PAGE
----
Defending the faith can only be done through the power of the Holy Spirit. This article shows that apologetics is done by honouring Christ in our hearts, living with hope, and living with gentleness and respect.

Source: The Banner of Sovereign Grace Truth, 2013. 2 pages.

How We Live Defending Our Faith

But sanctify the Lord God in your hearts: and be ready always to give an answer to every man that asketh you a reason off the hope that is in you with meekness and fear.

1 Peter 3:15

“Defending the faith” is one definition of apologetics. However, defending the faith is not an academic exercise so much as the responsibility of every Christian. It is to be lived, not just studied. How?

First, we defend our faith when we honor the Lord in our hearts. We must fear and honor the Lord more than we fear and honor people or ideas. The Word of the Lord matters more than the words of men and women (1:25). When the gospel of our Lord changes our lives and then our relationships and communities, we are defending our faith:

The reason that today or any day represents a special opportunity the reason that apologetics is relevant – is not primarily because we have a good understanding of the cultural context. Rather it is because of the message, the good news of the gospel. By definition it is fresh, and even surprising.1

Living in obedience to Scripture is then living in defense of our faith.

Second, we can live defending our faith by living with hope. Peter, while writing to a persecuted and dispersed people, assumed Christians would be living with such hope that people would ask them how and why. Today this hope is contrary to the self-help and despair that most of the world lives with, because this hope is not in human change. This hope is certain faith in the revelation and resurrection of Jesus Christ, which brings with it the promise of a great inheritance (1:3, 13). This hope is central to what it means to live as a Christian.

Third, we live defending our faith when we are ready to give an answer. It may be answering those whom we engage in conversation, or more particularly, those who ask us why we have hope. We often think this will require much study and understanding of philosophy, culture, and other religions, and this knowledge is possible and even helpful. But you do not need that before you begin defending your faith; Peter says be ready to give an answer for your hope, not your knowledge (see 1:13)! But are we living in conversation with others? Are we using creation, morality, desire, beauty, relationships, parenting, and eternity as topics of conversation with others where our hope (as informed by Scripture) can shine through? Are you ready to answer the questions: What do you believe? Why do you believe that?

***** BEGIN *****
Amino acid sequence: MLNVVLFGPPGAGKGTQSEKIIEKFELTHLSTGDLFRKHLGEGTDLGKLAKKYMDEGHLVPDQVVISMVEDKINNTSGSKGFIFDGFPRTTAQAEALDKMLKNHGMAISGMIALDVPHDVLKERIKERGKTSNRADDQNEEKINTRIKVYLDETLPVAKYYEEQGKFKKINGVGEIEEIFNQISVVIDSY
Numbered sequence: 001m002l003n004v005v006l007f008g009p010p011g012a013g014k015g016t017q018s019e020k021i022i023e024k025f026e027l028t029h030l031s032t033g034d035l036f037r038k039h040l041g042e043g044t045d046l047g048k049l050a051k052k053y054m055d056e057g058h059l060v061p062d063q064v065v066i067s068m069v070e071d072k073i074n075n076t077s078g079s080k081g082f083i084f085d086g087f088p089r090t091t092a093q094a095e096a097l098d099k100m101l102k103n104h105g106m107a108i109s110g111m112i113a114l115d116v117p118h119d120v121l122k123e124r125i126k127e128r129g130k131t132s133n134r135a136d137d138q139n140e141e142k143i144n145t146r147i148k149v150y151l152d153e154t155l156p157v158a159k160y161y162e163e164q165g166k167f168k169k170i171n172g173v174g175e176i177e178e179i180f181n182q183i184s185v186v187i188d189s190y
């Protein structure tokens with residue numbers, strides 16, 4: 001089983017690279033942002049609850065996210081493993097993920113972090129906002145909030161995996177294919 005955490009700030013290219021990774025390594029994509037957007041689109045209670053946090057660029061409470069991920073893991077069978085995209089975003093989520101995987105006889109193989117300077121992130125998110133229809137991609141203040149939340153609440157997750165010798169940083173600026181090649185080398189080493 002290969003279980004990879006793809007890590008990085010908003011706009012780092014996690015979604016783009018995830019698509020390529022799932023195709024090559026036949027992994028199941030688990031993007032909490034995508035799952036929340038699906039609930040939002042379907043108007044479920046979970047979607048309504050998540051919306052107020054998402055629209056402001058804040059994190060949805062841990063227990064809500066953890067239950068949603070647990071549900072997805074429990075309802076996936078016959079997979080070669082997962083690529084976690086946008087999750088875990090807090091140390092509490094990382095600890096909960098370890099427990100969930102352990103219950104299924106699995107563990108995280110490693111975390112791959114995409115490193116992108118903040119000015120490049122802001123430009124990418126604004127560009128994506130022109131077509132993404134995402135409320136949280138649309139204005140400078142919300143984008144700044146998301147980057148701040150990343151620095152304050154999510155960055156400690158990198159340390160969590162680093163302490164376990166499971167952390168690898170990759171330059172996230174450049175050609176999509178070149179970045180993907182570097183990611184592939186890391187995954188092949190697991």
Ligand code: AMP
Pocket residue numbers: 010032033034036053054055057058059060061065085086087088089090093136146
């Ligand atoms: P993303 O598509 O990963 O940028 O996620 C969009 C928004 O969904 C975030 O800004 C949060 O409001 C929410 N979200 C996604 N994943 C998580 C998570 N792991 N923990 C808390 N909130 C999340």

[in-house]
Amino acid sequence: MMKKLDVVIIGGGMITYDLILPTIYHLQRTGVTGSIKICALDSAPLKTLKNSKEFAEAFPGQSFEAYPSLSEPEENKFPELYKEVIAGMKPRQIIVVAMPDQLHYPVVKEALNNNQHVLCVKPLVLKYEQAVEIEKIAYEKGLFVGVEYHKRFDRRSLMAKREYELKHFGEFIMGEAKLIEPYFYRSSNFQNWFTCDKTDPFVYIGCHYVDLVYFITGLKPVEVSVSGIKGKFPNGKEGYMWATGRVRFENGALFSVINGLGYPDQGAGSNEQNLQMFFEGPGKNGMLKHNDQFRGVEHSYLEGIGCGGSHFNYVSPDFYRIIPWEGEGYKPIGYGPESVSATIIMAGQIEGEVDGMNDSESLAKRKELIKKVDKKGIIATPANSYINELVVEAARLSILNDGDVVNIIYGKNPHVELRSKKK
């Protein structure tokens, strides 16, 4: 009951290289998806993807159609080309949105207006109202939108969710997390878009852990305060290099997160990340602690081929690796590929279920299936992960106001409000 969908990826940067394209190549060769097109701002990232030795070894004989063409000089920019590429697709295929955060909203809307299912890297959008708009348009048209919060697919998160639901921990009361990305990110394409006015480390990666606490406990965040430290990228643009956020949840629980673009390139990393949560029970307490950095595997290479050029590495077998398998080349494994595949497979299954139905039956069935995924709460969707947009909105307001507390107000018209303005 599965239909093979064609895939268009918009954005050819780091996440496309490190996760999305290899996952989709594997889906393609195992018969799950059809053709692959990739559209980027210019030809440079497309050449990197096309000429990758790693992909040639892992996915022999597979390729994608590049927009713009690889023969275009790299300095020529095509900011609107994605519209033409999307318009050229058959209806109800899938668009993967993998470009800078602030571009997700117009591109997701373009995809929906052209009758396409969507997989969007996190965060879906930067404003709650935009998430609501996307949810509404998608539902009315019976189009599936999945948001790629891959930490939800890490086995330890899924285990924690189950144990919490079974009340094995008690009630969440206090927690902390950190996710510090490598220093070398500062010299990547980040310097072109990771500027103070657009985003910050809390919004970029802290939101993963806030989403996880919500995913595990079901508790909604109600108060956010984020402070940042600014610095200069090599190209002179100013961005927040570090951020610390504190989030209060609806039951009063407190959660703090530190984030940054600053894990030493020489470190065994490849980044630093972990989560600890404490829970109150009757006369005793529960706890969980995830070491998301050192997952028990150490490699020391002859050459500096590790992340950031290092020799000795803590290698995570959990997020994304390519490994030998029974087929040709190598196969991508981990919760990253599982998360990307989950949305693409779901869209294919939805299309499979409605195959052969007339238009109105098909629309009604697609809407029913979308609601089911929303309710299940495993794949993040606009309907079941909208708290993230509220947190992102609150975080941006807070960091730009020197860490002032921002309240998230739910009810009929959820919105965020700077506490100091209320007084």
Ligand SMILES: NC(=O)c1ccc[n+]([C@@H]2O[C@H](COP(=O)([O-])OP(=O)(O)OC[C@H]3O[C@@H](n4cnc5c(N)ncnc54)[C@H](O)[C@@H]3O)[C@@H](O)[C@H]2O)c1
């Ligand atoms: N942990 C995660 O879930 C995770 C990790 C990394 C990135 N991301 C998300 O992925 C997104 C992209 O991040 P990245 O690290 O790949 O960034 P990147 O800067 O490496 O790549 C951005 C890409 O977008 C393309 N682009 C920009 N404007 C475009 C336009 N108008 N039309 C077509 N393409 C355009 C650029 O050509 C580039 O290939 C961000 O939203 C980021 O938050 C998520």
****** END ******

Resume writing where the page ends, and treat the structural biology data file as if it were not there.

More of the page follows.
Fourth, we defend our faith when we live with meekness and fear, or with gentleness and respect. As we defend ourselves, it is easy to begin to attack others. There may be a place for going on the offensive against ideas (2 Cor. 10:5), but we must remember we are not defending ourselves; we are defending the hope that we have in Christ. This must be done with winsomeness, a respectful attitude, and a good conscience. We must put away all malice, deceit, hypocrisy, envy, and all slander (2:1), even in the context of persecution and hatred. However, it is how we must live as we defend our faith (2:13-19).

For it is better ... that ye suffer for well doing, than for evil doing3:17

For all four of these, we need the gift of the Holy Spirit in us so we can honor the Lord and live with hope, as well as having Him work through us so that we can properly live and defend our faith. So, as you consider how you should defend the faith, think about your own life rather than others: Is your life honoring the Lord? Is your life shining with hope? Is your life ready to engage others? Is your life lived with gentleness and respect?


  1. ^ William Edgar, Reasons of the Heart: Recovering Christian Persuasion (Phillipsburg, Pa.: P&R, 2003), 26.

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